Location Of Esther’s Palace Confirmed -- By: Anonymous
BSP 1:1 (Winter 1972) p. 18
Location Of Esther’s Palace Confirmed
Darius the Great, third ruler of the Persian Empire (521-486 B.C.), built an exquisite palace at Susa (called Shushan in the K.J.V.) during his reign. Susa, located in Southern Iran, was one of the capital cities of the ruling Persian princes. The palace lasted through his reign, the reign of Ahasuerus (Xerxes I, 486-465 B.C.) and then was burned in the reign of Artaxerxes I (465-423 B.C.). A new palace was subsequently built at Susa by the next ruler, Artaxerxes II.
It was during the reign of Ahasuerus that Esther, the Jew, became queen of the Persian Empire and took up residence in the royal palace (Esther 2: 16, 17). The book of Esther has many references to activities in and about the palace as the intriguing story of how Esther saved her people from destruction is unfolded.
Nehemiah lived in this same palace for a period of time when he served as cupbearer to Artaxerxes I. It was here that he made his request to the king to allow him to return to Jerusalem to help in the rebuilding of the Temple (Nehemiah 2: 5–8).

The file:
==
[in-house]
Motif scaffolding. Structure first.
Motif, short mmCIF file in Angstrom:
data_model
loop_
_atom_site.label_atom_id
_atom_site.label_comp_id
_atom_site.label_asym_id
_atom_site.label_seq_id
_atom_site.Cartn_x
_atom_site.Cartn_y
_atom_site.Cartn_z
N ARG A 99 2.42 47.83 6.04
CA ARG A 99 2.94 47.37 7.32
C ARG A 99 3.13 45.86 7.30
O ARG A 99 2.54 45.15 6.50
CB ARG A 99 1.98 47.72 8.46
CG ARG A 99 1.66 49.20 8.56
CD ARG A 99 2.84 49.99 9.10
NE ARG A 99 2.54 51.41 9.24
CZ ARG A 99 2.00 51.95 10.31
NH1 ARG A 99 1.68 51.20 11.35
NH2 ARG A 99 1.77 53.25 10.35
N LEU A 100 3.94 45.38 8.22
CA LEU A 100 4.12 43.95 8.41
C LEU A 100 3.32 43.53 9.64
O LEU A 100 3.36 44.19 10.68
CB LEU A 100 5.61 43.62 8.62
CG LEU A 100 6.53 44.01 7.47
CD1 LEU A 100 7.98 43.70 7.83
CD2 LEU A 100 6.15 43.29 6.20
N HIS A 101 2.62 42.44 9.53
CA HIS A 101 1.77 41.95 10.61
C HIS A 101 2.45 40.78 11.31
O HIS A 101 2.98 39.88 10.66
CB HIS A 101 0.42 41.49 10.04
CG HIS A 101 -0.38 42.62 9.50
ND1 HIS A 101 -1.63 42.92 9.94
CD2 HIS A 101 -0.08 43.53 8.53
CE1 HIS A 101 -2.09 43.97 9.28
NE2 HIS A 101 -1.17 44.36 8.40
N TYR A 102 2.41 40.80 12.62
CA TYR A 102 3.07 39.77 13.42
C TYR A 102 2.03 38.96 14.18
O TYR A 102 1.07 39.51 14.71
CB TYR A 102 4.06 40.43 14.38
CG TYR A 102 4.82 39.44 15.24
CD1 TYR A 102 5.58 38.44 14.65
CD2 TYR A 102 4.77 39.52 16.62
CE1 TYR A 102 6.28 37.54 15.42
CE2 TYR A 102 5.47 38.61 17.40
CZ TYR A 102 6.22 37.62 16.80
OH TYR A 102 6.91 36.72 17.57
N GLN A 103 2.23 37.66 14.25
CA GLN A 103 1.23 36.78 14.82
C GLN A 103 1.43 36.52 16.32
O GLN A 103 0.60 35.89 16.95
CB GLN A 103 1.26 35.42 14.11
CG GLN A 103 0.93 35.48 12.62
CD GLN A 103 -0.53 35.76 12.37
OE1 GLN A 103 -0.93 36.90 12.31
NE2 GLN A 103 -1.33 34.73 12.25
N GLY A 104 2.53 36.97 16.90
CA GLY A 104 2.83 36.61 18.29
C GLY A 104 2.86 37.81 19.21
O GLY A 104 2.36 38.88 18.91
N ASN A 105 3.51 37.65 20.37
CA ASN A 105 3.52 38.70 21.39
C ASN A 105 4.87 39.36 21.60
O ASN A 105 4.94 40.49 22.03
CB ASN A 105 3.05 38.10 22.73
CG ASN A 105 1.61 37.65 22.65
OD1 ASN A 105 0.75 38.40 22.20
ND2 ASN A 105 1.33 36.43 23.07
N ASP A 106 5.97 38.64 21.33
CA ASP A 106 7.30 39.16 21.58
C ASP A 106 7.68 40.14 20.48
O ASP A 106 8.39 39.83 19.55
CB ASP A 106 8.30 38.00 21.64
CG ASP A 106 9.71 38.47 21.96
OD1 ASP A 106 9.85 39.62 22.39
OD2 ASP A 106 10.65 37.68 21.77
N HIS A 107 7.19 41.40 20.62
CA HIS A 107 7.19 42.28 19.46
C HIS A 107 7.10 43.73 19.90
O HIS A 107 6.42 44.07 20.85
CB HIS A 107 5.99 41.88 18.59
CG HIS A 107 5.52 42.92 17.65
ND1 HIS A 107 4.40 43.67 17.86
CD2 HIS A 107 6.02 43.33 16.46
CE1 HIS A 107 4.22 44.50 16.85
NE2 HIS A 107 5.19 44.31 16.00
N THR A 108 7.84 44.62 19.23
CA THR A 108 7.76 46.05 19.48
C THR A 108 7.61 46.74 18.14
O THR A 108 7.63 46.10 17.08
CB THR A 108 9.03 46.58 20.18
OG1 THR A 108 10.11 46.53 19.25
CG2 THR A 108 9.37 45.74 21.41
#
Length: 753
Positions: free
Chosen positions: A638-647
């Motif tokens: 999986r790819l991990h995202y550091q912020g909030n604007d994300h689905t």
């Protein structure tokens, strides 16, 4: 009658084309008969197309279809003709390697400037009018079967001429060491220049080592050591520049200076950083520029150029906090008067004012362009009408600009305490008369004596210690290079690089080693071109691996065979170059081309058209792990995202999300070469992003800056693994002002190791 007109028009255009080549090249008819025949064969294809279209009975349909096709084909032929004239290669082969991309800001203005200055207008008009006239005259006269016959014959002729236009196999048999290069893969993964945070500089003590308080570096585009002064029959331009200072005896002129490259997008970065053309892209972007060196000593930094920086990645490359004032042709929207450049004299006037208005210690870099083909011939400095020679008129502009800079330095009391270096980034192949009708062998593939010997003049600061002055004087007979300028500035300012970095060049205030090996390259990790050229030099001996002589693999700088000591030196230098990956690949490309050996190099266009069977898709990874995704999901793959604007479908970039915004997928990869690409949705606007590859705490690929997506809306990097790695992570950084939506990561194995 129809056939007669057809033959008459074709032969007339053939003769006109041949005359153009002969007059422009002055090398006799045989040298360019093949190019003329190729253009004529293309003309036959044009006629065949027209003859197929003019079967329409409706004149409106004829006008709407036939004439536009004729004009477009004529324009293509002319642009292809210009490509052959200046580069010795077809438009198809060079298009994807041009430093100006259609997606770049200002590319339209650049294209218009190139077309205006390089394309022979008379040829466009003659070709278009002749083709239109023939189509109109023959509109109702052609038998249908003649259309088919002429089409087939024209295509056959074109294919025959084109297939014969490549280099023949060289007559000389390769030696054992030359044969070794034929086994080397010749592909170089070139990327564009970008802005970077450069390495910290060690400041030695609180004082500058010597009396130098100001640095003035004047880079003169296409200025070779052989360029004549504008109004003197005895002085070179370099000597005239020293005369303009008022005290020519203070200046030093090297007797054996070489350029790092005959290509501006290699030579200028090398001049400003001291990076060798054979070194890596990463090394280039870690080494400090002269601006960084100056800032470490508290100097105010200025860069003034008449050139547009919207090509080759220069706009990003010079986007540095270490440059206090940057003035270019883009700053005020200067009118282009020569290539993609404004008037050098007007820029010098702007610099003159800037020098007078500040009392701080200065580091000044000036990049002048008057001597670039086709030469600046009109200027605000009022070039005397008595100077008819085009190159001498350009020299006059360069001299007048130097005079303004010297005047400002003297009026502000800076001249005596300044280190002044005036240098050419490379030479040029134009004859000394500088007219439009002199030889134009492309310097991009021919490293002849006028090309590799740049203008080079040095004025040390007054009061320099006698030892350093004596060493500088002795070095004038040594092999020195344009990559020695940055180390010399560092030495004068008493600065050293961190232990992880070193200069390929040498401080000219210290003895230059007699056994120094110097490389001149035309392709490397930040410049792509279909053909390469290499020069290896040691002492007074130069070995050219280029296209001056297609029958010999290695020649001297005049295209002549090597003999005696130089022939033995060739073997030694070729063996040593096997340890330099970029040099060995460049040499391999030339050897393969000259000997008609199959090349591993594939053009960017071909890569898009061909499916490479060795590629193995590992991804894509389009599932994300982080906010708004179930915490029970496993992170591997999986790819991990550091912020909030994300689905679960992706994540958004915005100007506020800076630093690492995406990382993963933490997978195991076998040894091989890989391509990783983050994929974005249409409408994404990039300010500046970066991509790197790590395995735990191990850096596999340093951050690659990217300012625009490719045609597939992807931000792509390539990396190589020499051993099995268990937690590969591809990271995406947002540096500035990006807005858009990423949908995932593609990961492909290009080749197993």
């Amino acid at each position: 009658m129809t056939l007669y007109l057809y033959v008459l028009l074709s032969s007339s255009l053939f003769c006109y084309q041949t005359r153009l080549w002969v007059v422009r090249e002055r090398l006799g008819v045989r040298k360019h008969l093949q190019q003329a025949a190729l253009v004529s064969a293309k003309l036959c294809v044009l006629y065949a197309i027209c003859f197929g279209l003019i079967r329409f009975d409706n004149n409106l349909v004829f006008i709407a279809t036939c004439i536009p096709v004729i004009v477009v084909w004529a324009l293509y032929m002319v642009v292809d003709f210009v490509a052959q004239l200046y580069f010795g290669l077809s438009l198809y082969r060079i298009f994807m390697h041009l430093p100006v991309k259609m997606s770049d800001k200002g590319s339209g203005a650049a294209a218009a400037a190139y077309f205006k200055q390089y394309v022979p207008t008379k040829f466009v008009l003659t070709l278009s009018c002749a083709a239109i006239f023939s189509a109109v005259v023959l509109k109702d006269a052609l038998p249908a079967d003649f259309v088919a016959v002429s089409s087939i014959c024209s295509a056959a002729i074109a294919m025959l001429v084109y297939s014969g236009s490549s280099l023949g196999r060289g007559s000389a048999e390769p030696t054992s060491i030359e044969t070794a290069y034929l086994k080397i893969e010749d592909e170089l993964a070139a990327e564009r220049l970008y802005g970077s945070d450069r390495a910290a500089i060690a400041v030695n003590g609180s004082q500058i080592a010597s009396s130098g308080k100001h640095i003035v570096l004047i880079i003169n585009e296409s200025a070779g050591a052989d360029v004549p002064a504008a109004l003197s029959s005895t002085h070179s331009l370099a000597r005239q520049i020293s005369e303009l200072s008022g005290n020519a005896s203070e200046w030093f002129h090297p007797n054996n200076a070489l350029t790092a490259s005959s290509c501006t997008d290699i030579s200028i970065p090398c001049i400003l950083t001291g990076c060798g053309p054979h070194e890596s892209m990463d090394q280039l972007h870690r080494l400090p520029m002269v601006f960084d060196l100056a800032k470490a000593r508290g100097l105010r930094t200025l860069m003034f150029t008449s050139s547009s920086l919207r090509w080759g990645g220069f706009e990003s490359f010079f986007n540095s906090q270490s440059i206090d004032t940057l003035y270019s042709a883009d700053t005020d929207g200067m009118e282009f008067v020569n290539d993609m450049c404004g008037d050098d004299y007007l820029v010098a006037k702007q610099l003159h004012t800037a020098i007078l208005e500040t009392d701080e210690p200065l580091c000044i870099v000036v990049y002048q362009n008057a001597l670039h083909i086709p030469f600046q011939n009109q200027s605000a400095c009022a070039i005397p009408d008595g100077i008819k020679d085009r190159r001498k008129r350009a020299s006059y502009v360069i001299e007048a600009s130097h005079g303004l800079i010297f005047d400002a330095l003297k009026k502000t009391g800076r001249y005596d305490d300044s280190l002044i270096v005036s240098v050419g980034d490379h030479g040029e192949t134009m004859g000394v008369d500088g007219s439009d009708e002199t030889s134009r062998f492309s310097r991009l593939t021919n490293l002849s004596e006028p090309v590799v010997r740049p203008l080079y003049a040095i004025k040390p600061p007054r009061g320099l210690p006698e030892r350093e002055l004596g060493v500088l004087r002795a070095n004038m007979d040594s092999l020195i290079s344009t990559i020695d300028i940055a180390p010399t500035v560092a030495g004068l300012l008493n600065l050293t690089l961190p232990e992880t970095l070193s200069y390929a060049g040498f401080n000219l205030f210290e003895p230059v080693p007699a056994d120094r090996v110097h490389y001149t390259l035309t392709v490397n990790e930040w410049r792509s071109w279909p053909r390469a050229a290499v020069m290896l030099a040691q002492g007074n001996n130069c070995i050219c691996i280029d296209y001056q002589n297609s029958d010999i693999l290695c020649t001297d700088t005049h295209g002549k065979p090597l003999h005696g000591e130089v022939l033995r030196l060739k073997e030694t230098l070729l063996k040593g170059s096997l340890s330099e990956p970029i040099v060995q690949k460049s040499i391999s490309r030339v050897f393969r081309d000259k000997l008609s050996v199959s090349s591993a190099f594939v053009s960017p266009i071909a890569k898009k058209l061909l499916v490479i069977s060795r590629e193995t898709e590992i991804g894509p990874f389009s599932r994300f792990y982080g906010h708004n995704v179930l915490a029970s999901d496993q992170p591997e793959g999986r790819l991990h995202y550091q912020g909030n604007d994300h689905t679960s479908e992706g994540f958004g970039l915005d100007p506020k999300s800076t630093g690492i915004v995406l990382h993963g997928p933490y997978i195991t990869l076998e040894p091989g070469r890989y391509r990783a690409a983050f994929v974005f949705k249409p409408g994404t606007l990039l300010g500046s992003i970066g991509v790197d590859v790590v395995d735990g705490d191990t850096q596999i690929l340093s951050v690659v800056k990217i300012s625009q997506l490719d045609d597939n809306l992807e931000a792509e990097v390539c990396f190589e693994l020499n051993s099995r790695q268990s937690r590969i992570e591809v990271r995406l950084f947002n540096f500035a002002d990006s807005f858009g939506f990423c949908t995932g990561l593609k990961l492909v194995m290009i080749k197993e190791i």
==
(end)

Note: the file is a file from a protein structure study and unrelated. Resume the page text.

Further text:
Archaeologists had located the palace of Artaxerxes II at Susa, but were never sure where the earlier palace built by Darius was located. They assumed that it was located beneath the palace of Artaxerxes II, for it was the usual practice to rebuild on the existing foundations of a previous building. However, the possibility remained that Darius had built elsewhere since there was no documentary proof of the exact location of his palace.
BSP 1:1 (Winter 1972) p. 19
Evidence of the location of Darius’ palace has now come forth in the form of two tablets. They were excavated at Susa in 1970 by a team of French archaeologists directed by Professor Jean Perrot of the French archaeological mission. The tablets, one inscribed in Elamitic and the other in Babylonian, have been identified as the first complete examples of the “foundation charter” of the palace of Darius.
The two tablets were found on the opposite side of an entrance to the southern part of the palace of Artexerxes II and thus provide proof that Darius’ palace stood on the same site. After singing the praises of the god Ahuramazda, the Elamitic text details the work that went into the building and records how materials and craftsmen were assembled from different parts of the empire. The Babylonian text opens with a declaration of Darius’ power and then lists all the nations that contributed materials and labor.
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